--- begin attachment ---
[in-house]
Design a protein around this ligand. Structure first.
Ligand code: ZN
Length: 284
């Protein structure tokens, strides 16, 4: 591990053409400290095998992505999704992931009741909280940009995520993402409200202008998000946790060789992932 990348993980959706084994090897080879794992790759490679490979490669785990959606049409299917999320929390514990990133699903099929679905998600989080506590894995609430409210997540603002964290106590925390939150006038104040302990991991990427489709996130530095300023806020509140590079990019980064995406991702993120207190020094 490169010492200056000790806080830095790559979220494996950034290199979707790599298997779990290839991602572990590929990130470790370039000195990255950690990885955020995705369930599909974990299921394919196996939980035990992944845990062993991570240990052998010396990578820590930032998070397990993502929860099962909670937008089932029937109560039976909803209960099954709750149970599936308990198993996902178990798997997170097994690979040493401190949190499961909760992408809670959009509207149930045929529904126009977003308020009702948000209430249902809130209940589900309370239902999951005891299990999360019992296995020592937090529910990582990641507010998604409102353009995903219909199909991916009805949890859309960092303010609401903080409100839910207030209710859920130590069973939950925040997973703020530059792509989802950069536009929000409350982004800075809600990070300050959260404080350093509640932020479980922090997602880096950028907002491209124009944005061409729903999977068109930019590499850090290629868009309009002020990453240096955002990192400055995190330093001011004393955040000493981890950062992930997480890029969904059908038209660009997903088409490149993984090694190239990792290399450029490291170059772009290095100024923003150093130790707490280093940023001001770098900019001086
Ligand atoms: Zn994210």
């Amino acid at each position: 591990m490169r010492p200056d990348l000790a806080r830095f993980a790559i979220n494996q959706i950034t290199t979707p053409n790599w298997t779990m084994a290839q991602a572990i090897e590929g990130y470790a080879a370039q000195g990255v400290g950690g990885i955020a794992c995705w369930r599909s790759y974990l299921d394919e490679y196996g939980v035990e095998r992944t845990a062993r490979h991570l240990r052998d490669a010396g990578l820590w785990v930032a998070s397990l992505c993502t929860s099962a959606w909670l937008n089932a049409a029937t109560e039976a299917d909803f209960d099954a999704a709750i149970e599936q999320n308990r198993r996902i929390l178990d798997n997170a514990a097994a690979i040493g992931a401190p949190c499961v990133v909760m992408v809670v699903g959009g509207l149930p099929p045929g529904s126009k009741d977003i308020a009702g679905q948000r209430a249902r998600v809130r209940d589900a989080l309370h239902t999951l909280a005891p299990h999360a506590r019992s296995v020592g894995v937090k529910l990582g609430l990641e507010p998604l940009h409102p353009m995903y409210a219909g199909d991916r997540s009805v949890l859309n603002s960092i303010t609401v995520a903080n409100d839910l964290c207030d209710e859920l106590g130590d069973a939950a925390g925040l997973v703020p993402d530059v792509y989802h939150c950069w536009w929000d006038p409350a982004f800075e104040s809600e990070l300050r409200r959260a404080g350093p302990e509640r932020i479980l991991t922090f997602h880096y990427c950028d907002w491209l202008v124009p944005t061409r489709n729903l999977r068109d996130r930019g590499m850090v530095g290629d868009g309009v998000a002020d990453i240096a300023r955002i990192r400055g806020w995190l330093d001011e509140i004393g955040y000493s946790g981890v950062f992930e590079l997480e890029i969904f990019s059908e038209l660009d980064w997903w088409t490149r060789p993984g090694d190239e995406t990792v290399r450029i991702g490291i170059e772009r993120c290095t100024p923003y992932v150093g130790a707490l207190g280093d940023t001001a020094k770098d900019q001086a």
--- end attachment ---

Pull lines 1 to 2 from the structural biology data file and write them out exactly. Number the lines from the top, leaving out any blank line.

[in-house]
Design a protein around this ligand. Structure first.